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How To Make Sure Your Drip Marketing Campaigns Are Not Water Torture

by Jennifer Beever on October 1, 2009

A fellow consultant emailed me recently and asked, “What is a drip marketing campaign?” I explained that the phrase refers to marketing communications that are systematically dripped over time to a prospect to stay in touch and inform them about the product or service you are selling. But in today’s marketing world of “lead nurturing,” there are several factors you must have in place to ensure that your drip marketing campaign is effective and does not annoy (or torture!) your prospects.

1. Know your prospects.

Have you done not only a demographic (age, income, sex, title) but a psychographic (wants and needs, fears, personality) profile of your prospective customers? Do you know what tone your communications should have and what images and colors best appeal to your prospects? Using the wrong message and images will turn off your prospects very quickly. They won’t listen to you unless you speak their language and appeal to their psychographic profile.

2. Know how to best communicate with your prospects.

Do you plan to do a drip campaign by email? What if your prospects are (like me) overwhelmed by email and prefer to hear from you on Twitter, Facebook or via an RSS feed to your blog? What if they would rather get a phone call on occasion or a direct mail piece? Survey your existing prospects to find out what they want before you irritate them by sending what they don’t. When every new prospect signs up to stay in touch, ask them (use a form on a web page) what their communication preference is. Then, set up different campaigns to fit the different needs.

3. Understand the stages of your prospects’ buy cycle.

Do you know when your prospect is most likely to buy? After they download your eBook? When they attend your webinar and hear your special offer to attendees? Do you ask for their buying timeframe when they take action? Getting a hard-core sales call when you have no budget and no approval that would allow you to buy is irritating. Getting a call to find out where you are in your decision process may be less irritating. Getting a call when you said you’re ready to buy is timely.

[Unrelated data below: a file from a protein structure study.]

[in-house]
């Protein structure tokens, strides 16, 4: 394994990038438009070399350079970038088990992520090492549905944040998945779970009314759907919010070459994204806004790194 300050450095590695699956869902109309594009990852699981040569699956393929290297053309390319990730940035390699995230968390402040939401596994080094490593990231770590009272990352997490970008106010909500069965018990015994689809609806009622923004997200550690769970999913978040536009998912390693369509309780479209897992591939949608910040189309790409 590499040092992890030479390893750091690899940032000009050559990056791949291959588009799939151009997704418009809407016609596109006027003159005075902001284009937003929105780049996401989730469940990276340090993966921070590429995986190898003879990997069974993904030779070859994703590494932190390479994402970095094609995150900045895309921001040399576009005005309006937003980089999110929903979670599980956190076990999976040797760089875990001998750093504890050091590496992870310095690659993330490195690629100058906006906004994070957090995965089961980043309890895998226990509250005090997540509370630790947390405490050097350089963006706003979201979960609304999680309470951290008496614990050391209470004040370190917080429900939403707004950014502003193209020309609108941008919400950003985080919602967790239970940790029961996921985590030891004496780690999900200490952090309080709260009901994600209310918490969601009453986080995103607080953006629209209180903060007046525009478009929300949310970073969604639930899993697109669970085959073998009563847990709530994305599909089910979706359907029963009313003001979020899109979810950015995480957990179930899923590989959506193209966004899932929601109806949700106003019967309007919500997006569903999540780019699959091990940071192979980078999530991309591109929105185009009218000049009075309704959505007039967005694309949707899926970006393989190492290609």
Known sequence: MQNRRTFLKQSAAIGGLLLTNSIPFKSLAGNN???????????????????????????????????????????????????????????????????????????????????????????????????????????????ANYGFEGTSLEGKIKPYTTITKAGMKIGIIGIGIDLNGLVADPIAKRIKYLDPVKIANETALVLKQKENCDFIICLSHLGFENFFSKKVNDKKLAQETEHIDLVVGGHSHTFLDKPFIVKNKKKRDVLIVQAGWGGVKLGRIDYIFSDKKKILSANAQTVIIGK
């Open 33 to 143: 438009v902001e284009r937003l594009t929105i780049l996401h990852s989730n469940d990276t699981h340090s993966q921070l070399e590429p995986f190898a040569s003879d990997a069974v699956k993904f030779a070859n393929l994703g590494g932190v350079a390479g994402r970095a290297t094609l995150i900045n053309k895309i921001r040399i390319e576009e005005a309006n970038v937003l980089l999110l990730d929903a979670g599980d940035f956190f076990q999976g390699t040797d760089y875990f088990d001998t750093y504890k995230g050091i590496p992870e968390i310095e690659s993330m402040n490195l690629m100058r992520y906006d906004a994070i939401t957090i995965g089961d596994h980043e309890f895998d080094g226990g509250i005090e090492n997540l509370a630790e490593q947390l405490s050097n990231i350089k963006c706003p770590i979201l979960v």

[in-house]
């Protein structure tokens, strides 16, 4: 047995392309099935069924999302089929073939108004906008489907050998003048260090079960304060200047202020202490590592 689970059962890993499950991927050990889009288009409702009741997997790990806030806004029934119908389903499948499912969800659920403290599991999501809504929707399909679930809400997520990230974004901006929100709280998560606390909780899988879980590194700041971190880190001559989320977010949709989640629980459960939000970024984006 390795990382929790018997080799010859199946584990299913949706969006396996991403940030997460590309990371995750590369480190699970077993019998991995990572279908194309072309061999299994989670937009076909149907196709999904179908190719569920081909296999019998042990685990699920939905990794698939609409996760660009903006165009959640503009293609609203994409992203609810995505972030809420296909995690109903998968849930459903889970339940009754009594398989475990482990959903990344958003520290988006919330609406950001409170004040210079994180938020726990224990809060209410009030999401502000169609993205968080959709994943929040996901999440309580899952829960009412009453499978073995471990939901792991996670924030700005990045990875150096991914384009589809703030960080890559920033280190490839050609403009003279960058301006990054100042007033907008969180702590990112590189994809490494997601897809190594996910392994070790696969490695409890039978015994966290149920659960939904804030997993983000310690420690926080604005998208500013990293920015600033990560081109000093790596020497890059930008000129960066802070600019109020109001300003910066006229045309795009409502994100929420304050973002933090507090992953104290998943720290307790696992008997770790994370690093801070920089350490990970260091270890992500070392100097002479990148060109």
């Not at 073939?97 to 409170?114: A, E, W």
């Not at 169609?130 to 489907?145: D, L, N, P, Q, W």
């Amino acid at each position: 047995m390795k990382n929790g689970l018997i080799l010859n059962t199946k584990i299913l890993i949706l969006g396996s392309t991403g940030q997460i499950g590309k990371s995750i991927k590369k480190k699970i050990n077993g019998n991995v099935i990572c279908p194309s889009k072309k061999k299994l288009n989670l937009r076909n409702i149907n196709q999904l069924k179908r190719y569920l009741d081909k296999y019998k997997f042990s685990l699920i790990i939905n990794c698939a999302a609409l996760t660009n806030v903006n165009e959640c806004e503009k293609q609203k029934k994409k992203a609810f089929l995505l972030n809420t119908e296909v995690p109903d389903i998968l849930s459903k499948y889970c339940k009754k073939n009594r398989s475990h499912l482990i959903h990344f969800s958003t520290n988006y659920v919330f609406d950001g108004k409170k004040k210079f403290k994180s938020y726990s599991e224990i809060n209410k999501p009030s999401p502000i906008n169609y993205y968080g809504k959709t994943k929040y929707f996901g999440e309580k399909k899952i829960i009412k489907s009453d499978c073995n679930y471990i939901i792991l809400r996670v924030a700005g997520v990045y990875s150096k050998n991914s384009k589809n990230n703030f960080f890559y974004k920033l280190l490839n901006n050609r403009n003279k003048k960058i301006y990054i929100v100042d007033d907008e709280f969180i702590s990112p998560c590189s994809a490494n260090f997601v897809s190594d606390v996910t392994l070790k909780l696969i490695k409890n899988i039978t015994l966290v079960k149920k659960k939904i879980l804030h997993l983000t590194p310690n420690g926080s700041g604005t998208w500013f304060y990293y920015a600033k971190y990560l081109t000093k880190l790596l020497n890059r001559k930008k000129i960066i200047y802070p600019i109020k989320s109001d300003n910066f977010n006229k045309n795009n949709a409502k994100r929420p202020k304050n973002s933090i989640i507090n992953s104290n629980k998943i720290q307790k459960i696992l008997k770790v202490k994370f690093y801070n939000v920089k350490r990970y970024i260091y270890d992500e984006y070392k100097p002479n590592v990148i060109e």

4. Make sure what you drip has very high value.

I have un-followed people on various social media platforms and unsubscribed from email newsletters when I am being tortured – by a steady drip of boring, non-value-add, sales pitches. Ugh! Don’t do it! Instead, put out information in your drip or nurturing campaigns that will help prospects understand best practices in their industry, for people with their title, for people with their problems. Not all of the materials have to be authored by you or someone in your company. You can also forward non-branded, third-party articles or results of industry studies if the information adds value.

Drip irrigation is a great analogy to this process and lends itself well to the new game in town: lead nurturing. On a scheduled basis, water is dripped onto plants so that they are nurtured, grow and don’t die out. The gardener does not have to stand around with a hose and water the plants manually, so it can be efficient. If the gardener knows how much water each particular plant needs, the watering can be regulated so it’s very targeted: not too much and not too little.

What’s been your experience with delivering or receiving drip campaigns?

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